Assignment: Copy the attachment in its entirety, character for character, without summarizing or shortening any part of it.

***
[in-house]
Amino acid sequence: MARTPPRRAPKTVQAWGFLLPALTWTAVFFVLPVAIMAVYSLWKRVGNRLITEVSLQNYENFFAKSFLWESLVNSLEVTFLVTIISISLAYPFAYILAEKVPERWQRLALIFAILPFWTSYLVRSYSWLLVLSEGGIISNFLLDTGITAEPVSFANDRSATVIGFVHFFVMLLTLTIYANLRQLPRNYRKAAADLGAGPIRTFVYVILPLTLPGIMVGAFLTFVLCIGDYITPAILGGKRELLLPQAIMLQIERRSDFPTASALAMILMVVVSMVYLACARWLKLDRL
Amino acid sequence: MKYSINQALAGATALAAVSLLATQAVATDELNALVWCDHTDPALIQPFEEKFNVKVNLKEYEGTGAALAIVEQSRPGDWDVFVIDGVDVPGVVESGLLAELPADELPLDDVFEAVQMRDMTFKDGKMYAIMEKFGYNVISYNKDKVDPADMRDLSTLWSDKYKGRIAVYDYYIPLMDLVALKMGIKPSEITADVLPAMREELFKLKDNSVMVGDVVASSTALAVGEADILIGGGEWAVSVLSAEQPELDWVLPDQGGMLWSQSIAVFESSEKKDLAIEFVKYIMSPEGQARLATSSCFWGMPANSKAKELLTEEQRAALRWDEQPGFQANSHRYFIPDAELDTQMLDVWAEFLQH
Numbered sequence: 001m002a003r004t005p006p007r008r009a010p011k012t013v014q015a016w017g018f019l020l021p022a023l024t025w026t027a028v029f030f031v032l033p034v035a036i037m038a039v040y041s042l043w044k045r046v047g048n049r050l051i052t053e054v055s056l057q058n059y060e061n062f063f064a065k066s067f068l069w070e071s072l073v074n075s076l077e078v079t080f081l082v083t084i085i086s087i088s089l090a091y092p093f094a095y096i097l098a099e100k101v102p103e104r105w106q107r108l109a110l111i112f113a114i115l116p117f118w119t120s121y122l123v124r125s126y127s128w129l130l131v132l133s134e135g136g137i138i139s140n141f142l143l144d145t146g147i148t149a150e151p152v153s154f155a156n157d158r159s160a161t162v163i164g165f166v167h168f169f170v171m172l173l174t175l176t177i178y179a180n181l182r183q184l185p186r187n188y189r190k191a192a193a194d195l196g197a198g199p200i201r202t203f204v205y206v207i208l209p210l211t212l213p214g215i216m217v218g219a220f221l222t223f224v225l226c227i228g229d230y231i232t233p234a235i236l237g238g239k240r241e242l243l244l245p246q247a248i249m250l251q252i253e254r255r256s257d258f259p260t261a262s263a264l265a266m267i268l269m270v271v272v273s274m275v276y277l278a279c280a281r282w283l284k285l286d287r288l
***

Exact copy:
[in-house]
Amino acid sequence: MARTPPRRAPKTVQAWGFLLPALTWTAVFFVLPVAIMAVYSLWKRVGNRLITEVSLQNYENFFAKSFLWESLVNSLEVTFLVTIISISLAYPFAYILAEKVPERWQRLALIFAILPFWTSYLVRSYSWLLVLSEGGIISNFLLDTGITAEPVSFANDRSATVIGFVHFFVMLLTLTIYANLRQLPRNYRKAAADLGAGPIRTFVYVILPLTLPGIMVGAFLTFVLCIGDYITPAILGGKRELLLPQAIMLQIERRSDFPTASALAMILMVVVSMVYLACARWLKLDRL
Amino acid sequence: MKYSINQALAGATALAAVSLLATQAVATDELNALVWCDHTDPALIQPFEEKFNVKVNLKEYEGTGAALAIVEQSRPGDWDVFVIDGVDVPGVVESGLLAELPADELPLDDVFEAVQMRDMTFKDGKMYAIMEKFGYNVISYNKDKVDPADMRDLSTLWSDKYKGRIAVYDYYIPLMDLVALKMGIKPSEITADVLPAMREELFKLKDNSVMVGDVVASSTALAVGEADILIGGGEWAVSVLSAEQPELDWVLPDQGGMLWSQSIAVFESSEKKDLAIEFVKYIMSPEGQARLATSSCFWGMPANSKAKELLTEEQRAALRWDEQPGFQANSHRYFIPDAELDTQMLDVWAEFLQH
Numbered sequence: 001m002a003r004t005p006p007r008r009a010p011k012t013v014q015a016w017g018f019l020l021p022a023l024t025w026t027a028v029f030f031v032l033p034v035a036i037m038a039v040y041s042l043w044k045r046v047g048n049r050l051i052t053e054v055s056l057q058n059y060e061n062f063f064a065k066s067f068l069w070e071s072l073v074n075s076l077e078v079t080f081l082v083t084i085i086s087i088s089l090a091y092p093f094a095y096i097l098a099e100k101v102p103e104r105w106q107r108l109a110l111i112f113a114i115l116p117f118w119t120s121y122l123v124r125s126y127s128w129l130l131v132l133s134e135g136g137i138i139s140n141f142l143l144d145t146g147i148t149a150e151p152v153s154f155a156n157d158r159s160a161t162v163i164g165f166v167h168f169f170v171m172l173l174t175l176t177i178y179a180n181l182r183q184l185p186r187n188y189r190k191a192a193a194d195l196g197a198g199p200i201r202t203f204v205y206v207i208l209p210l211t212l213p214g215i216m217v218g219a220f221l222t223f224v225l226c227i228g229d230y231i232t233p234a235i236l237g238g239k240r241e242l243l244l245p246q247a248i249m250l251q252i253e254r255r256s257d258f259p260t261a262s263a264l265a266m267i268l269m270v271v272v273s274m275v276y277l278a279c280a281r282w283l284k285l286d287r288l